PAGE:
Gardening in Pots
I planted my first garden at 4000 feet this year. I experimented, and documented the successes, and misses in my garden journal to remember what changes to make next year. I started all plants from seed and hardened them off (transitioned from indoor to outdoor over 2 weeks in shade, and gradually moved to full sun) prior to transplanting.
Part of my experiment was to duplicate planting the same tomato plants in raised beds and in pots. My rationale was that the raised beds were somewhat shaded during a prime time of the day from the towering cedars and pines, and I bet they would thrive and be more prolific with their need for more sunlight (6-8 hours).
The pots were protected in a fenced-in dog pen (we are dog-less at this juncture), which was ideal as it was protected from deer, and it is an eastern-facing location. Of course, our house bakes in the sun, and gets very hot in the summer months as opposed to the garden beds installed by the previous owners.
I planted 5 types of tomatoes: Heirloom Black Krim, Heirloom cherry, Roma, Ace 55, and yellow pear. I picked up all of my seeds at the, not to be missed, Annual Seed Share event in Sonora. It is a collaboration between the Master Gardeners of Tuolumne County and the Foothill Collaborative for Sustainability (“FoCuS’). If you are interested in planting a garden for your first time, this is the place to start! You can ask questions of Master Gardener’s while you select your seeds.
I used tomato cages for the indeterminate tomato varieties for both the beds and the pots. For the pots, I used a mixture of plastic 15-20-gallon remnants that I had which I sterilized with a 10% bleach solution, followed by mild soap and water. I also purchased some 10-gallon grow bags and incorporated those as well.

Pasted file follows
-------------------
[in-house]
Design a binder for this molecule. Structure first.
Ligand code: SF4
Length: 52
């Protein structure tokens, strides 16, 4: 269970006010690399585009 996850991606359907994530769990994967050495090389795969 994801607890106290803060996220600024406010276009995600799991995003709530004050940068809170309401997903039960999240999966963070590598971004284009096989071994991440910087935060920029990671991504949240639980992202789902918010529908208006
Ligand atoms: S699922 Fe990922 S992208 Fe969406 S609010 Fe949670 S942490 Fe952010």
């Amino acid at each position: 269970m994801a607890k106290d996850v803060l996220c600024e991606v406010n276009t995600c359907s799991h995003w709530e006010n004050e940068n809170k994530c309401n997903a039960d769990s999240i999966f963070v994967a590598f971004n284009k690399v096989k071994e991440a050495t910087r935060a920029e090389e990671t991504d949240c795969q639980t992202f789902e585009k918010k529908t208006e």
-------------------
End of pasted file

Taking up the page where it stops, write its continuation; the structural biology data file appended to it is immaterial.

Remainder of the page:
- All of the varieties in the pots, with the increased daily sun exposure were more prolific.
- Harvesting was very easy, as it was a single row of plants.
- The tomato cages worked well between the metal fencing and the cages and plants supporting each other.
- Not many issues with squirrels or critters.
- Watering was manual but gave me an opportunity to assess the garden regularly.
- The flimsy deer netting I used to encircle the beds actually worked, a buck came up and stared at it and walked away. However, we have had fewer deer lately, due to some new construction nearby.
- Harvesting and weeding in the beds was more work, as 2/3 of the beds are not raised, so I did have some weed issues.
- There were a few squirrels, and chickarees that got into the beds, but overall, it wasn’t a big issue.
- As suspected, the harvest wasn’t as prolific as the increased daily shade impacted the plant’s production.
- Watering was utilizing irrigation pipe with drill holes dispersed, on a timer.
A few things I will do differently next year are:
- Add to my calendar the fertilization dates, to supply and even amount over the course of the season.
- Be particular about what types of tomatoes I choose to plant, based on my journal notes.
- Plant more seedlings in additional grow bags and try the larger-sized planter type and grow 2-3 plants in each.
- Try using the local winery’s turkey manure, it has a high rating from other local gardeners, and the cost compared to bagged soil amendments is favorable. Buying a yard seems like a lot, but I made multiple trips for bags, which in the end was more expensive.
In summary, planting in pots is a very nice option. Especially if space is limited, and constructing beds is not a long-term option. The reward of gardening with a little effort and harvesting on a daily basis is unparalleled. It’s like getting little presents every day!
Ann Arshakuni is a University of California Cooperative Extension Master Gardener of Calaveras County.
UCCE Master Gardeners of Tuolumne and Calaveras Counties can answer home gardening questions. Call 209-533-5912 or fill out our easy-to-use problem questionnaire here. Check out our website here. You can also find us on Facebook.